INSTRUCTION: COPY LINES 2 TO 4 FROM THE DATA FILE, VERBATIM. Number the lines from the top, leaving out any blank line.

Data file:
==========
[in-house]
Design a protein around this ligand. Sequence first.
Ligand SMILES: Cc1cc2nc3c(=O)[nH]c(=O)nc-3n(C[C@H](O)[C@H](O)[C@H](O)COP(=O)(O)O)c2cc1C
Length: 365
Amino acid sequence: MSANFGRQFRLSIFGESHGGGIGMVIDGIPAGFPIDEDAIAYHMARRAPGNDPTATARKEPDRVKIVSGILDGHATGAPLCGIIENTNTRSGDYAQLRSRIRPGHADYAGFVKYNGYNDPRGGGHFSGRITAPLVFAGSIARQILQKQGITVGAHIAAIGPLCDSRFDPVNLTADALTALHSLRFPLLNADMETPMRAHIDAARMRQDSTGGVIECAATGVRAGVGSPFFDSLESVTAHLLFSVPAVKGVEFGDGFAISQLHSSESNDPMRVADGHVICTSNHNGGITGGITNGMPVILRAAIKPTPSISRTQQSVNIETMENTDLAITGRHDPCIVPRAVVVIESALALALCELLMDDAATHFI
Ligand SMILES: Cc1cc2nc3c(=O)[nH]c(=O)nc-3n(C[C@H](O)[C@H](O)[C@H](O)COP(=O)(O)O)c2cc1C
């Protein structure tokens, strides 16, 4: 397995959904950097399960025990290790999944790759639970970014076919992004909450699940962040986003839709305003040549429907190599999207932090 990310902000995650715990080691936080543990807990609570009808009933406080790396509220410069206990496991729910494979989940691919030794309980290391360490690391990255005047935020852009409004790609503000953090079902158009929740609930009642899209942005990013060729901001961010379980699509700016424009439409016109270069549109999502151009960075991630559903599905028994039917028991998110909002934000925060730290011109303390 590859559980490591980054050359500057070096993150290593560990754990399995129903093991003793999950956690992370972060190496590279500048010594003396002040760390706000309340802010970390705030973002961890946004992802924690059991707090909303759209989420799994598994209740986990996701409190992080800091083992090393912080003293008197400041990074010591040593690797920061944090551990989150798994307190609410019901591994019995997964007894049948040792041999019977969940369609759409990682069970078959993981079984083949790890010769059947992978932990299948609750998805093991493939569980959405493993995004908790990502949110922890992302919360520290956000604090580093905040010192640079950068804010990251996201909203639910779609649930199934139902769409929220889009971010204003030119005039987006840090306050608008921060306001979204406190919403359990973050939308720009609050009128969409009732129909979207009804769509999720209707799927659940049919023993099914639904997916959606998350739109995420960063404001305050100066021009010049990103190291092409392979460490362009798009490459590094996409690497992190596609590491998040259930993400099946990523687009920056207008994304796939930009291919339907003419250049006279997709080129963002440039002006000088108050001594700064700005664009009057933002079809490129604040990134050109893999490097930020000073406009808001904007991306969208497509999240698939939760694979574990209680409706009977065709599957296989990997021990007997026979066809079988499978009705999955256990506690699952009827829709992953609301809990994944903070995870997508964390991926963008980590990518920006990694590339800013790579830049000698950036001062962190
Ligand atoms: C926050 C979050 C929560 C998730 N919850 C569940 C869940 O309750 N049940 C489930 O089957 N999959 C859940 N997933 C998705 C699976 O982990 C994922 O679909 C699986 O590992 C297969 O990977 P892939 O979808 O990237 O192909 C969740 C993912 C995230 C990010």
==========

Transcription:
Design a protein around this ligand. Sequence first.
Ligand SMILES: Cc1cc2nc3c(=O)[nH]c(=O)nc-3n(C[C@H](O)[C@H](O)[C@H](O)COP(=O)(O)O)c2cc1C
Length: 365